Today, let’s bask in some purely visual glory. Let’s take a gander at a small corner of the mind-boggling œuvre of Averardo Ciriello (1918 – 2016). As you can see from these dates, he was a long-lived fellow, and I’m delighted to report that he was healthy, hearty and active well into his nineties.
He was one of those illustrators who truly delighted in their craft, and so produced an enormous body of work that bore every sign of inspiration and enthusiasm. Since my plan is to focus on a specific period of his career, I’ll skip most of his early work — though it’s well worth returning to — and give you a couple of famous pieces to give you as sense of his success and importance in his field.
Now for the heart of it: I frankly marvel at Ciriello’s willingness to provide hundreds of cover paintings for cheap, mass market erotica fumetti. The way I see it, it’s evidence that he greatly enjoyed the assignment, and that the money was but a secondary concern at best. We’ve briefly touched upon the Maghella series (in our all-time most popular post, as it happens), but here’s some more.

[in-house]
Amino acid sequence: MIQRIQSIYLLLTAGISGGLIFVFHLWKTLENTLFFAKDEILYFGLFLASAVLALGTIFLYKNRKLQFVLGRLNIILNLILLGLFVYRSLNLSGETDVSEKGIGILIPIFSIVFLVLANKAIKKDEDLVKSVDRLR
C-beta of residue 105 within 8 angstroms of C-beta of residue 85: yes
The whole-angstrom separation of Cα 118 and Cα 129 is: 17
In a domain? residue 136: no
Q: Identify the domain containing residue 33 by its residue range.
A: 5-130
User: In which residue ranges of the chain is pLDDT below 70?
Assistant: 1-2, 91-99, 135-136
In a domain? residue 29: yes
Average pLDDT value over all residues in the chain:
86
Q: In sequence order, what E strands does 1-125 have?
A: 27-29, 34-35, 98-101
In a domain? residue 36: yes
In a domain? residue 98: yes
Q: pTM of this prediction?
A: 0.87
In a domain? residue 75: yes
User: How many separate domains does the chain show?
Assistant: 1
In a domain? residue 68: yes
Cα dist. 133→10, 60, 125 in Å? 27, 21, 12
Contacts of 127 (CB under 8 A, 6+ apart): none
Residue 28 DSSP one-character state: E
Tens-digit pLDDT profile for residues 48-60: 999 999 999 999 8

Back in August, I promised to follow Tentacle Tuesday: Dark Horse, Pt. 1 with another instalment of cephalopod material issued by this publisher. The time, as they say, has come! While I’m not always on board with the comics they opt to publish (rarely, I might even say), I do like today’s selections.
Dark Horse obtained the licence to produce James Bond comics in 1992. The result is a number of series and stand-alone comics – Serpent’s Tooth was the first, a three-part miniseries. The following two pages are from Serpent’s Tooth Part III: Mass Extinction, scripted by Doug Moench and illustrated by Paul Gulacy, published in James Bond 007: Serpent’s Tooth no. 3 (February 1993).
In 2007, Dark Horse stepped into a partnership with New Comic Company, who had earlier acquired from Warren the rights to Creepy and Eerie. The result was the gradual publishing of ‘archival’ hardcover collections of all issues of Creepy and Eerie magazines. In 2009, DH launched the ‘new’ Creepy Magazine, which mostly featured new stories, sprinkled with the odd reprint. A revived Eerie soon joined it.
The next story is Tentacle Master Mike Mignola‘s ‘Champion of the Worms‘, which held my lazy interest for a few pages… until I found out that it’s actually quite good. What a pleasant surprise for one who had such low expectations! It also brims over with tentacles. The following three pages are from ZombieWorld: Champion of the Worms (October 1997), scripted by Mignola and illustrated by Pat McEown.
Last but not least… Scarlet Traces is a sort of sequel to Ian Edginton and D’Israeli‘s adaptation of H. G. Wells‘ The War of the Worlds, with heavy Dan Dare and Doctor Who references. This story wears its Englishness on its sleeve!